Model API Naming rules

The so-called Model API is the set of Java classes and methods that represent the model elements.

The Model API Java classes and their methods follow some fixed naming rules that help a lot in identifying which object and which methods to use to navigate in the model. So it is worth spending a little time on these naming rules, the alternative would be to browse and learn the complete Model API classes and methods from the Java documentation… more than 250 classes and 3000 methods. Go for the naming rules!

Metaclass representation

For each metaclass of the Modelio metamodel, a corresponding Java interface is defined. It is named from the Modelio metaclass name prefixed by “I”. The metamodel inheritance graph between metaclasses is cloned at the Model level.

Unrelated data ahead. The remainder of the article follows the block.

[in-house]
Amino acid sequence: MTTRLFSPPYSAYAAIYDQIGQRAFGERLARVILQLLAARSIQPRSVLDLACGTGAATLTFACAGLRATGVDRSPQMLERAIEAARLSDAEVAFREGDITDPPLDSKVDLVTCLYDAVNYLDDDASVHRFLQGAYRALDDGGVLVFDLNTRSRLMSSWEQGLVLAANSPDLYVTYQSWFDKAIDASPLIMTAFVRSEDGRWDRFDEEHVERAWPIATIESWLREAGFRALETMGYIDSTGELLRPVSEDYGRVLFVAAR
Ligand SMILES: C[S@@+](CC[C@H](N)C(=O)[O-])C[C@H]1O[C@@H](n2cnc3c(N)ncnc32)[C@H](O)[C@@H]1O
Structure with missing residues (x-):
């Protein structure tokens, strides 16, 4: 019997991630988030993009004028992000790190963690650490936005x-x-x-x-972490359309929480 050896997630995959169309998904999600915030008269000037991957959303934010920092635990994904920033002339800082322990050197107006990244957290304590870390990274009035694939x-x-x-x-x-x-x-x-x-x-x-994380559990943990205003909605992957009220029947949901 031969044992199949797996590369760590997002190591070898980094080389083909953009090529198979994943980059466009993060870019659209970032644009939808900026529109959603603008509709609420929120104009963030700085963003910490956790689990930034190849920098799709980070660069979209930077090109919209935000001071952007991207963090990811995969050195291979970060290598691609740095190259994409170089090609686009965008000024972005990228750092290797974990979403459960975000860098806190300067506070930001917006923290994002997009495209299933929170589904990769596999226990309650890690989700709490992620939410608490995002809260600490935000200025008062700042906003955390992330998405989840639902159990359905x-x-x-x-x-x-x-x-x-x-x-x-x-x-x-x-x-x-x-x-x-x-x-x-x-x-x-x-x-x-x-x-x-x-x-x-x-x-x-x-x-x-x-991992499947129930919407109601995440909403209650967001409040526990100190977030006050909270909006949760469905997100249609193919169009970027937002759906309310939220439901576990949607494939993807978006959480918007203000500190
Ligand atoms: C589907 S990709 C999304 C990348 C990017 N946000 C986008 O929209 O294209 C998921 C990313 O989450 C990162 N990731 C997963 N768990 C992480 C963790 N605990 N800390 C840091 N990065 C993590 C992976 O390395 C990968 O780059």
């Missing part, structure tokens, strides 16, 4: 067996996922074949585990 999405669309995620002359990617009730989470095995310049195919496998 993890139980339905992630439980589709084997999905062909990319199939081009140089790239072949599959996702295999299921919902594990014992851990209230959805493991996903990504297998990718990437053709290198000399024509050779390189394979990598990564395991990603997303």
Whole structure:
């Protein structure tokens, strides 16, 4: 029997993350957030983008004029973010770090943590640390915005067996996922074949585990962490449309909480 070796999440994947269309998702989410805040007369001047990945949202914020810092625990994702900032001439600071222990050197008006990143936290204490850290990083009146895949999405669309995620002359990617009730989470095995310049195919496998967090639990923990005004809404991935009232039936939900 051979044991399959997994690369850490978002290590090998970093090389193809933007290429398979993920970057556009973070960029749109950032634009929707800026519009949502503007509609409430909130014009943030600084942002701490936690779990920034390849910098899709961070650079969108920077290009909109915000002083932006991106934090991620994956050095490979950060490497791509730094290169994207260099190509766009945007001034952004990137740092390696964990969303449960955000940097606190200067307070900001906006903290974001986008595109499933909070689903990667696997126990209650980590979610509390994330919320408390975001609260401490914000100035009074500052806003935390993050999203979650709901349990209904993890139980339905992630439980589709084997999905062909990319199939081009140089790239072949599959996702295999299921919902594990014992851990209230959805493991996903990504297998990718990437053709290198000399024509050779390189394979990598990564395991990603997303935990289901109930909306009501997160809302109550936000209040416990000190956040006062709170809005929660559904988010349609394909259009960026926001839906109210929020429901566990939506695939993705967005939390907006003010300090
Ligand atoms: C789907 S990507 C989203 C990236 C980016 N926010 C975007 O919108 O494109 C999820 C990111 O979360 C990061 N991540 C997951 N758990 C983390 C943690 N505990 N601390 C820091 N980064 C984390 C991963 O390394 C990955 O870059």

The following table provides several examples.

Modelio metaclass nameModelio parent metaclassJava interfaceJava parent interface
OperationFeatureIOperationIFeature
ClassGeneralClassIClassIGeneralClass
UseCaseGeneralClassIUseCaseIGeneralClass
xxxxyyyyIxxxxIyyyy

Associations and Attributes methods

The model API provides direct access to attributes and associations in the metamodel in the form of accessor methods or accessors. Accessors that are used to read the model are called setters while accessors that modify the model are called getters.

As for metaclasses, the model API has been designed so that accessors names directly relate to the navigated attributes or associations thereby making it easy to guess the name of the concrete accessors of any attribute or association from a quick look to the metamodel diagrams.